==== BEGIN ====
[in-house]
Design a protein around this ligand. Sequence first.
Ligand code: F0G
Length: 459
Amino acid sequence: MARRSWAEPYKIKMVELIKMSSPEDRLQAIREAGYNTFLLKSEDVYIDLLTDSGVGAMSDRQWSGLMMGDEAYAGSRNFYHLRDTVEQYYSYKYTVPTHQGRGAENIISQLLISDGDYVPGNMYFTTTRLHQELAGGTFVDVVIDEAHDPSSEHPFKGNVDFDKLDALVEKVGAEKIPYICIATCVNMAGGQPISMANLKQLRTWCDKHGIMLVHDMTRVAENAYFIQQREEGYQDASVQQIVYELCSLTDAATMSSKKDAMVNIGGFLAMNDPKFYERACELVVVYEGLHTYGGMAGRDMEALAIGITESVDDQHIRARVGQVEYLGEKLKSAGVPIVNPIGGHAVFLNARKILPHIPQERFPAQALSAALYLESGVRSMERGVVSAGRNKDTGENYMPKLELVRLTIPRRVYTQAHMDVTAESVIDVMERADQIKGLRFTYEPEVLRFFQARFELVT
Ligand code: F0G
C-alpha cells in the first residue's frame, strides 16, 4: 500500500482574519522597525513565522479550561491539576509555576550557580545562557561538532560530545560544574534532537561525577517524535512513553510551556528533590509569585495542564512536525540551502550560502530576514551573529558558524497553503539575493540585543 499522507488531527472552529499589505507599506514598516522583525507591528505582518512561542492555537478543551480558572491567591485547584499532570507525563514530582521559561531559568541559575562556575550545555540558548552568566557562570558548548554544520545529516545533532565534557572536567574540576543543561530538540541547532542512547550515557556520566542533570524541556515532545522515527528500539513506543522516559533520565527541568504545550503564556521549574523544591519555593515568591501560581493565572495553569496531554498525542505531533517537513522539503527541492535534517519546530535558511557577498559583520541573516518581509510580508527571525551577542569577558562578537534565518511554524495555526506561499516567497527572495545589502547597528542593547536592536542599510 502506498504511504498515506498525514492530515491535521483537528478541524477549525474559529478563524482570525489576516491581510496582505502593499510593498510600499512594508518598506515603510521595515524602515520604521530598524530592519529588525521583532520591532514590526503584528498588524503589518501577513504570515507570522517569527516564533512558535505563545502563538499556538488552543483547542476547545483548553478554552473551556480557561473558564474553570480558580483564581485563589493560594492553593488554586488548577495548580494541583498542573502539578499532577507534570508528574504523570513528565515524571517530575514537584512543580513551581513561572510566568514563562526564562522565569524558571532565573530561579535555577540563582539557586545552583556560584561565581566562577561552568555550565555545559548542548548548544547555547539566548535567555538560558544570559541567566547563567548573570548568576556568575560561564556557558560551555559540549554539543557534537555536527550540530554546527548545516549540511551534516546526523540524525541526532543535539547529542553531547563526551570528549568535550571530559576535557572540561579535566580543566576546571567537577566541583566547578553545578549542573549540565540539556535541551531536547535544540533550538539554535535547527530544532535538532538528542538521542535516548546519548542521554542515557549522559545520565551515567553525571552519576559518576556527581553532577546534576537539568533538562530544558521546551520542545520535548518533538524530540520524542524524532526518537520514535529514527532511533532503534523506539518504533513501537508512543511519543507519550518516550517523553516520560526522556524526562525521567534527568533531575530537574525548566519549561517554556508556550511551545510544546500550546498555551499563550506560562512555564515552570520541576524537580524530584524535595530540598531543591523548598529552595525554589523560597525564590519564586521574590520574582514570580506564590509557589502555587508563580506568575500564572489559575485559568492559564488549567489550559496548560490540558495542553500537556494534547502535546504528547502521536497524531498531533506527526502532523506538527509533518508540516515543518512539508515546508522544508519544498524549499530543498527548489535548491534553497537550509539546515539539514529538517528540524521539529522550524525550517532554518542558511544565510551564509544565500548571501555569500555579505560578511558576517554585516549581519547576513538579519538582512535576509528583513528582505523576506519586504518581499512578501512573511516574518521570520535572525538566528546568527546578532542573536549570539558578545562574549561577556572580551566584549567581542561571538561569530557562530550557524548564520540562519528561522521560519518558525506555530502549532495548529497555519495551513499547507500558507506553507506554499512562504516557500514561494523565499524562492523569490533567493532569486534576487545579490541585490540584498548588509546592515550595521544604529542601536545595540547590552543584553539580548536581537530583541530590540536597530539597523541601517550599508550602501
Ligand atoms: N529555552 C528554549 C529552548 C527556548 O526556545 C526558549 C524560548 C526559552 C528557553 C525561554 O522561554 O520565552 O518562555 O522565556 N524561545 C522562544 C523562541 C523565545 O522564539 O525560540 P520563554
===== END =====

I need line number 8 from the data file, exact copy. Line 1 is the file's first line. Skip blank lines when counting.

Ligand atoms: N529555552 C528554549 C529552548 C527556548 O526556545 C526558549 C524560548 C526559552 C528557553 C525561554 O522561554 O520565552 O518562555 O522565556 N524561545 C522562544 C523562541 C523565545 O522564539 O525560540 P520563554